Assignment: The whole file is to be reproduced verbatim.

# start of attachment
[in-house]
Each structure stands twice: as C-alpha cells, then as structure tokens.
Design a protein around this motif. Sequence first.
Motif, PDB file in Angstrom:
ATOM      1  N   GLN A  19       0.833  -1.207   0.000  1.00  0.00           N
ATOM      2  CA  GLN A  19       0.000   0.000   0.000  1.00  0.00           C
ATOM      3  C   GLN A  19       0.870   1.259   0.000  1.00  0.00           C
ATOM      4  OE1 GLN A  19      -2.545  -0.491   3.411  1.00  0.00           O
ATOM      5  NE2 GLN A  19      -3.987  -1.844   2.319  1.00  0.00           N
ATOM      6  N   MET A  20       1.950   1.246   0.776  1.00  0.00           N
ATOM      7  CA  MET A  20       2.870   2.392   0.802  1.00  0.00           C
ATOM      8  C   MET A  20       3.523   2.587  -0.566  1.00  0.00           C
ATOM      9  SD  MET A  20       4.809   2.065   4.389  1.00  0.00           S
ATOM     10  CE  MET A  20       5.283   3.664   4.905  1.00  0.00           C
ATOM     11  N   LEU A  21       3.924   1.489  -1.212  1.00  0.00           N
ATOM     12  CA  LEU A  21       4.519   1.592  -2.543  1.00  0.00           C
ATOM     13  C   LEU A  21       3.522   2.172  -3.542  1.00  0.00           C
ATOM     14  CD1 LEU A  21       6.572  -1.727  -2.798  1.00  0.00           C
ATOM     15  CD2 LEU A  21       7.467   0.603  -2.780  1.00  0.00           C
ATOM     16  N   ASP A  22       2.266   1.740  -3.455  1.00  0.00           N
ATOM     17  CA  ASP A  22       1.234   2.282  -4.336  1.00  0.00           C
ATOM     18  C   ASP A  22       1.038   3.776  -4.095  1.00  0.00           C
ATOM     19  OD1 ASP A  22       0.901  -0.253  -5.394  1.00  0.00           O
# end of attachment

[in-house]
Each structure stands twice: as C-alpha cells, then as structure tokens.
Design a protein around this motif. Sequence first.
Motif, PDB file in Angstrom:
ATOM      1  N   GLN A  19       0.833  -1.207   0.000  1.00  0.00           N
ATOM      2  CA  GLN A  19       0.000   0.000   0.000  1.00  0.00           C
ATOM      3  C   GLN A  19       0.870   1.259   0.000  1.00  0.00           C
ATOM      4  OE1 GLN A  19      -2.545  -0.491   3.411  1.00  0.00           O
ATOM      5  NE2 GLN A  19      -3.987  -1.844   2.319  1.00  0.00           N
ATOM      6  N   MET A  20       1.950   1.246   0.776  1.00  0.00           N
ATOM      7  CA  MET A  20       2.870   2.392   0.802  1.00  0.00           C
ATOM      8  C   MET A  20       3.523   2.587  -0.566  1.00  0.00           C
ATOM      9  SD  MET A  20       4.809   2.065   4.389  1.00  0.00           S
ATOM     10  CE  MET A  20       5.283   3.664   4.905  1.00  0.00           C
ATOM     11  N   LEU A  21       3.924   1.489  -1.212  1.00  0.00           N
ATOM     12  CA  LEU A  21       4.519   1.592  -2.543  1.00  0.00           C
ATOM     13  C   LEU A  21       3.522   2.172  -3.542  1.00  0.00           C
ATOM     14  CD1 LEU A  21       6.572  -1.727  -2.798  1.00  0.00           C
ATOM     15  CD2 LEU A  21       7.467   0.603  -2.780  1.00  0.00           C
ATOM     16  N   ASP A  22       2.266   1.740  -3.455  1.00  0.00           N
ATOM     17  CA  ASP A  22       1.234   2.282  -4.336  1.00  0.00           C
ATOM     18  C   ASP A  22       1.038   3.776  -4.095  1.00  0.00           C
ATOM     19  OD1 ASP A  22       0.901  -0.253  -5.394  1.00  0.00           O